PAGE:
The herb and spice scam?

What’s really in your spice rack? In this exclusive investigation by The Food Programme, Jaega Wise investigates the authenticity of spices sold by a number of high street, online and health food chains. Using brand new technology outside of the lab for the first time, she will test herbs and spices from some of the biggest household names and retailers, including Tesco, Sainsbury’s, Asda, Amazon and more. Plus, we hear from leading experts on the UK’s food defence frontline to find out just how challenging it is to detect fraud and police this lucrative area. Produced by Nina Pullman for BBC Audio in Bristol.


Feeding Norfolk

A message from Delia Smith takes the Food Programme team to Norfolk to see how a network of social supermarkets is helping people out of food poverty. Nourishing Norfolk, is a project linking a large number of smaller shops, or food hubs around the county. The shops use the "social supermarket" model, providing free fruit and vegetables and cut price food and many other essentials including cleaning and hygiene products, and smokeless coal. During the team's tour, they hear how being linked has given the hubs more buying power, and they have been able to team up with more local businesses who are able to help - by offering warehouse space, larger scale donations and even logistics. The hub volunteers then have more time to do what they are good at; offering support, guidance and community to those who need it. Since the shops are all independently run, they are also able to try out and develop ways that can help with the specific problems faced by people in poverty in their area, which has included the setting up of a mobile food hub. Delia wrote how she had been blown away by the work that is happening there - where people are not only being provided with affordable food, but also help and assistance at all levels. Presented by Sheila Dillon Produced in Bristol for BBC Audio by Natalie Donovan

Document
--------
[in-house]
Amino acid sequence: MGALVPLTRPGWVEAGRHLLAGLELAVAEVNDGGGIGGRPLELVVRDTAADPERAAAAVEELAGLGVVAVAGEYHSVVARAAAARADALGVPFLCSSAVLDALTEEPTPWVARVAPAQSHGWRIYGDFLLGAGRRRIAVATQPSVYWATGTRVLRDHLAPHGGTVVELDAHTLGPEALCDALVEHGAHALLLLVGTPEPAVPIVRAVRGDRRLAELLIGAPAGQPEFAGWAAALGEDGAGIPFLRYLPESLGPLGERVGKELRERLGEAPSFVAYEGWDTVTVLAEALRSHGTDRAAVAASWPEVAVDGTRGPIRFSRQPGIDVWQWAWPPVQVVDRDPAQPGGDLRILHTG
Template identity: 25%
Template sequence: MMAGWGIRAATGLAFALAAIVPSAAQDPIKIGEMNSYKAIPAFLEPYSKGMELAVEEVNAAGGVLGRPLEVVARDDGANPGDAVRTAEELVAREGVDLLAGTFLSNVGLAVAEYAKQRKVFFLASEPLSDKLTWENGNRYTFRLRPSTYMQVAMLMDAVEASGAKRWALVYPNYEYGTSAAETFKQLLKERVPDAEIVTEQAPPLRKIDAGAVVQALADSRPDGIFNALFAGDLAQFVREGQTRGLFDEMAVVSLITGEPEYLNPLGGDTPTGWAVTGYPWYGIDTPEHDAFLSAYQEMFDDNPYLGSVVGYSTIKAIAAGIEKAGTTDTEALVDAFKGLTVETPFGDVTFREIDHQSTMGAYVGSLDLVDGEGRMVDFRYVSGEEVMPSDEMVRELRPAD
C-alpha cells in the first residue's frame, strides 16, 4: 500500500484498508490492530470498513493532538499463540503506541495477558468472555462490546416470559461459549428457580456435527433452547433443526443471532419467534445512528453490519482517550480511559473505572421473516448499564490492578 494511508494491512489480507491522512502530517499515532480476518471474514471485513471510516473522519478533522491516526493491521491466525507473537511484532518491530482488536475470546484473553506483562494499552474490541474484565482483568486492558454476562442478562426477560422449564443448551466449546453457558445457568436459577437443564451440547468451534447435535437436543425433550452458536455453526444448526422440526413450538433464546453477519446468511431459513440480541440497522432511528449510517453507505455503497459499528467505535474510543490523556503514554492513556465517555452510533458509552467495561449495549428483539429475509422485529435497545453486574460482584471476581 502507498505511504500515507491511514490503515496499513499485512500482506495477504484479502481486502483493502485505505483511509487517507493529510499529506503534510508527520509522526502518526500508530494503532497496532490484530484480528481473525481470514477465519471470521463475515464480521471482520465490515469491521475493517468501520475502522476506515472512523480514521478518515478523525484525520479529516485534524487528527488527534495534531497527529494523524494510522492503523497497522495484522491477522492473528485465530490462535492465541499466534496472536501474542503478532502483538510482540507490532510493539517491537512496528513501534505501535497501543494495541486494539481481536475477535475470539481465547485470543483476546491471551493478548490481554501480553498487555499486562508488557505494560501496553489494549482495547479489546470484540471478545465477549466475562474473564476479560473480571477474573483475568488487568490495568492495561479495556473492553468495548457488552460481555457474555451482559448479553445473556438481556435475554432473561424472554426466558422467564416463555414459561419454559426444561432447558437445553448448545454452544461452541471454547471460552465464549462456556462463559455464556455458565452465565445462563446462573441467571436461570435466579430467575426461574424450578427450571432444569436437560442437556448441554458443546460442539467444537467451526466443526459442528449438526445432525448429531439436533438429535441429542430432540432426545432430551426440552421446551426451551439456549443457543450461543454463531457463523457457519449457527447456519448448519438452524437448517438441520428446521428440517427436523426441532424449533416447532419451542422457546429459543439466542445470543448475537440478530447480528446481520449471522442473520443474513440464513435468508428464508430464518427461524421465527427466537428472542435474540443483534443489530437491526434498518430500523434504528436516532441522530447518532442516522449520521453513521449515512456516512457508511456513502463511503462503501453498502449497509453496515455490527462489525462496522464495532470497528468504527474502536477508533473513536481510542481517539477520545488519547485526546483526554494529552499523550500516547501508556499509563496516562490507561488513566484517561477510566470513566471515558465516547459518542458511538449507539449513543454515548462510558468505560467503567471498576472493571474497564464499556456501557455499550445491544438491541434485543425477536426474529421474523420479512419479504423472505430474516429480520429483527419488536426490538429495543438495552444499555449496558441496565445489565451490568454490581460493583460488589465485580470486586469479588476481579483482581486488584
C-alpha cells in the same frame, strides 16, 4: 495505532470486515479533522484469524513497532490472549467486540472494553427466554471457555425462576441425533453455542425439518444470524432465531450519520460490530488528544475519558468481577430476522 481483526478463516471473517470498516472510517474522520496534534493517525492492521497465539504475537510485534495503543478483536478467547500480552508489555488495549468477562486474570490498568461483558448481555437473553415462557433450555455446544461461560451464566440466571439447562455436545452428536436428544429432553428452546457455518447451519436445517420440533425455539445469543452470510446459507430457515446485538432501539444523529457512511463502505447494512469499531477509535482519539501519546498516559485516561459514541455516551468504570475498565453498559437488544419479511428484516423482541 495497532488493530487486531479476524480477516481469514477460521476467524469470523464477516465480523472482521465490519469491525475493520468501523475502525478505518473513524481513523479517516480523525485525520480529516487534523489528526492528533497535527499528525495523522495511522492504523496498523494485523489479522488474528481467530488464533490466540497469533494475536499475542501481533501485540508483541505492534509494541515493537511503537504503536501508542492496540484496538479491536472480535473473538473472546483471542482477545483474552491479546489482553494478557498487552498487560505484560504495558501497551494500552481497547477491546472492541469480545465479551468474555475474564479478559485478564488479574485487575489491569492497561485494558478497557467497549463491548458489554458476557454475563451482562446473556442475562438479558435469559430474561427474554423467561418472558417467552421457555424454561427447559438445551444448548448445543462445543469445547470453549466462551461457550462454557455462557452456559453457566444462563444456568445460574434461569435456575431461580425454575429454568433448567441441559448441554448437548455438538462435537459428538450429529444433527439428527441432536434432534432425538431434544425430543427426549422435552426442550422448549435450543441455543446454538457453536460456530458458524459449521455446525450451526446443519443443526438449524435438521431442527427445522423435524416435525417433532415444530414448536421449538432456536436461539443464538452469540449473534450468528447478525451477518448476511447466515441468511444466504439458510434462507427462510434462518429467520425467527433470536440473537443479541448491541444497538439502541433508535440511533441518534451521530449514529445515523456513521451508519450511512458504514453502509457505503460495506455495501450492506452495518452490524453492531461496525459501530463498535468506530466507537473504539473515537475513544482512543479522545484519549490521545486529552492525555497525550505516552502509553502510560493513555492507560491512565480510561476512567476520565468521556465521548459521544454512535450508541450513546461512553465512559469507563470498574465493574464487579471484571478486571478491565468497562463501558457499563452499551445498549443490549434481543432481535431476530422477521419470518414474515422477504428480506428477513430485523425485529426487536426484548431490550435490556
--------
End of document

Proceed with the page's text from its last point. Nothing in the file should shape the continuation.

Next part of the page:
The power of poems to connect us to food